DEVELOPMENT: Agriculture and Development: The Latin American Difference


UC Berkeley Professors Alain de Janvry and Elisabeth Sadoulet, core team members of the 2008 World Development Report, point to ways agriculture can be better used as a development instrument.

Every year the World Bank prepares a World Development Report (WDR) that deals with a development topic of significance. Recent reports have addressed such issues as equity, the environment, the role of the state, poverty, and health. The last WDR on agriculture was in 1982, marking the beginning of a 25 years hiatus during which the attention given to agriculture by governments and development agencies declined — a period during which huge changes have occurred in globalization, integrated supply chains, technology, institutions, and the environment, making it imperative to revisit the issue. Indeed, many of the themes that today dominate the international development agenda relate to agriculture and rural societies: hurdles to progress with trade negotiations, the persistence of poverty and hunger, rising conflicts over water, the impact of climate change, the spread of epizootic diseases, food security in a context of rising prices and biofuels as an option to reduce greenhouse gas emissions and provide alternative sources of energy. It is striking how a sector that had been seen as a “sunset activity” and a drag on development may now emerge as an important source of growth and business opportunities and the solution to many development problems. Revisiting the question of how agriculture can serve development is indeed timely. This is the objective of WDR 2008, Agriculture for Development. Here we review the main messages of WDR 2008 and how they apply — with a difference — to Latin America.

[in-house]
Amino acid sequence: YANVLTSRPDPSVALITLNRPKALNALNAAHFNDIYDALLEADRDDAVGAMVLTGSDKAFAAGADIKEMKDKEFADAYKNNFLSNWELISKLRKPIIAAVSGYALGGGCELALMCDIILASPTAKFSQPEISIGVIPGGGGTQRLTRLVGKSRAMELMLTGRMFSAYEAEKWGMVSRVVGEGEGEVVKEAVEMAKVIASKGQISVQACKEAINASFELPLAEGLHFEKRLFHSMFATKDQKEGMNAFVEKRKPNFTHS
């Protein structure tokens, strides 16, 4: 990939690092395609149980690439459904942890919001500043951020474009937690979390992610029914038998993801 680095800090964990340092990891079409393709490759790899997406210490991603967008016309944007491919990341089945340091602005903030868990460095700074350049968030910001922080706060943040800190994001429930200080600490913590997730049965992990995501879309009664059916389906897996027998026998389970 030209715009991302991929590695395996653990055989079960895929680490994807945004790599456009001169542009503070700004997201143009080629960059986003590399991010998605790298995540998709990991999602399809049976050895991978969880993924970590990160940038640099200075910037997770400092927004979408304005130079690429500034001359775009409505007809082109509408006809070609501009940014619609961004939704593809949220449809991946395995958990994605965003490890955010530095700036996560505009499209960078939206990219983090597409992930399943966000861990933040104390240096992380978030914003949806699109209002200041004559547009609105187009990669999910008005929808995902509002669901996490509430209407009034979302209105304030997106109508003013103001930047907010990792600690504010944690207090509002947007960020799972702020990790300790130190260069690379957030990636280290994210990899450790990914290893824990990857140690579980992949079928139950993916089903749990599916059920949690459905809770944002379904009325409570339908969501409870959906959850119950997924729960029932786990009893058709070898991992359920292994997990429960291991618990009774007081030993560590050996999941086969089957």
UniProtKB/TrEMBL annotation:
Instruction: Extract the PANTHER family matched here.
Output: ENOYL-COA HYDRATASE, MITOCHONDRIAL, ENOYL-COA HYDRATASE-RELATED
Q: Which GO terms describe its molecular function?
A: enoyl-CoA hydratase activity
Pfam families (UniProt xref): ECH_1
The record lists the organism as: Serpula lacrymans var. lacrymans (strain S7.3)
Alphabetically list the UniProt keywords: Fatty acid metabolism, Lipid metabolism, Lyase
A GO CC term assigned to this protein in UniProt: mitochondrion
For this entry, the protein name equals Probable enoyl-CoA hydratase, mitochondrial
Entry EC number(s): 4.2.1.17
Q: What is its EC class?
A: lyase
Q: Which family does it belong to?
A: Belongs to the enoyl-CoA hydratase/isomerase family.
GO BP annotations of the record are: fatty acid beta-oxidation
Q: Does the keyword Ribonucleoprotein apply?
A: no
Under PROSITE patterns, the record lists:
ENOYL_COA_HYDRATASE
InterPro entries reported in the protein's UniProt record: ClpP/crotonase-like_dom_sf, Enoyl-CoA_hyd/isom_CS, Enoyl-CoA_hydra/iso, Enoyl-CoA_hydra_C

Elisabeth M. Sadoulet
Publication date: 
August 21, 2007
Publication type: 
Berkeley Review of Latin American Studies Article